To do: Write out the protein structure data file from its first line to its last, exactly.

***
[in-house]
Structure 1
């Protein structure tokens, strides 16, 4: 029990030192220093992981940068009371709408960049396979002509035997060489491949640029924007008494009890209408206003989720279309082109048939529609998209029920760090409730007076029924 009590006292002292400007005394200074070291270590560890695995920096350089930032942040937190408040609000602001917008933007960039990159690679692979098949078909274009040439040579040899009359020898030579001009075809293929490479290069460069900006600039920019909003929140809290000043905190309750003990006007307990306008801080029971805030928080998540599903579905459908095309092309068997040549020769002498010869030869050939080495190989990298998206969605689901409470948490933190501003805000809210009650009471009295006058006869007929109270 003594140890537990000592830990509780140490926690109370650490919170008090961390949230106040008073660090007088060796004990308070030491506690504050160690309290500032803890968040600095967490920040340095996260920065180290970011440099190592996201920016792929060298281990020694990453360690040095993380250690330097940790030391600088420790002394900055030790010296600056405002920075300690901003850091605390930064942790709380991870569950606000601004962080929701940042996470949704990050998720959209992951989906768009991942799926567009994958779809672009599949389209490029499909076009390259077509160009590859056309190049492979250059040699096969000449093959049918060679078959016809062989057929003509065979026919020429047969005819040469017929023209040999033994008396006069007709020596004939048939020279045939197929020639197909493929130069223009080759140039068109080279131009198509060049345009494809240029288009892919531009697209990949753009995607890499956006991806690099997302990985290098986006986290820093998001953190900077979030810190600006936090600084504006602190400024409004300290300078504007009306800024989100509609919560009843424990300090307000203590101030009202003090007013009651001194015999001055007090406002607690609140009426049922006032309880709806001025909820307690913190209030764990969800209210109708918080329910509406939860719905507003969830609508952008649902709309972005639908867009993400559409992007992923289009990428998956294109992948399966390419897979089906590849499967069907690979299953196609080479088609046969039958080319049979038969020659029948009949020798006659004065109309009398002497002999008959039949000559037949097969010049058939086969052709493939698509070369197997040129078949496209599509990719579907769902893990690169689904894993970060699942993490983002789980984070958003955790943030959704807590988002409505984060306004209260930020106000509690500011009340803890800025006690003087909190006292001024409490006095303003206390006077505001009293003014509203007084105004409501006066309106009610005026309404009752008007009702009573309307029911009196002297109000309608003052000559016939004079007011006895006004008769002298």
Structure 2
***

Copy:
[in-house]
Structure 1
């Protein structure tokens, strides 16, 4: 029990030192220093992981940068009371709408960049396979002509035997060489491949640029924007008494009890209408206003989720279309082109048939529609998209029920760090409730007076029924 009590006292002292400007005394200074070291270590560890695995920096350089930032942040937190408040609000602001917008933007960039990159690679692979098949078909274009040439040579040899009359020898030579001009075809293929490479290069460069900006600039920019909003929140809290000043905190309750003990006007307990306008801080029971805030928080998540599903579905459908095309092309068997040549020769002498010869030869050939080495190989990298998206969605689901409470948490933190501003805000809210009650009471009295006058006869007929109270 003594140890537990000592830990509780140490926690109370650490919170008090961390949230106040008073660090007088060796004990308070030491506690504050160690309290500032803890968040600095967490920040340095996260920065180290970011440099190592996201920016792929060298281990020694990453360690040095993380250690330097940790030391600088420790002394900055030790010296600056405002920075300690901003850091605390930064942790709380991870569950606000601004962080929701940042996470949704990050998720959209992951989906768009991942799926567009994958779809672009599949389209490029499909076009390259077509160009590859056309190049492979250059040699096969000449093959049918060679078959016809062989057929003509065979026919020429047969005819040469017929023209040999033994008396006069007709020596004939048939020279045939197929020639197909493929130069223009080759140039068109080279131009198509060049345009494809240029288009892919531009697209990949753009995607890499956006991806690099997302990985290098986006986290820093998001953190900077979030810190600006936090600084504006602190400024409004300290300078504007009306800024989100509609919560009843424990300090307000203590101030009202003090007013009651001194015999001055007090406002607690609140009426049922006032309880709806001025909820307690913190209030764990969800209210109708918080329910509406939860719905507003969830609508952008649902709309972005639908867009993400559409992007992923289009990428998956294109992948399966390419897979089906590849499967069907690979299953196609080479088609046969039958080319049979038969020659029948009949020798006659004065109309009398002497002999008959039949000559037949097969010049058939086969052709493939698509070369197997040129078949496209599509990719579907769902893990690169689904894993970060699942993490983002789980984070958003955790943030959704807590988002409505984060306004209260930020106000509690500011009340803890800025006690003087909190006292001024409490006095303003206390006077505001009293003014509203007084105004409501006066309106009610005026309404009752008007009702009573309307029911009196002297109000309608003052000559016939004079007011006895006004008769002298």
Structure 2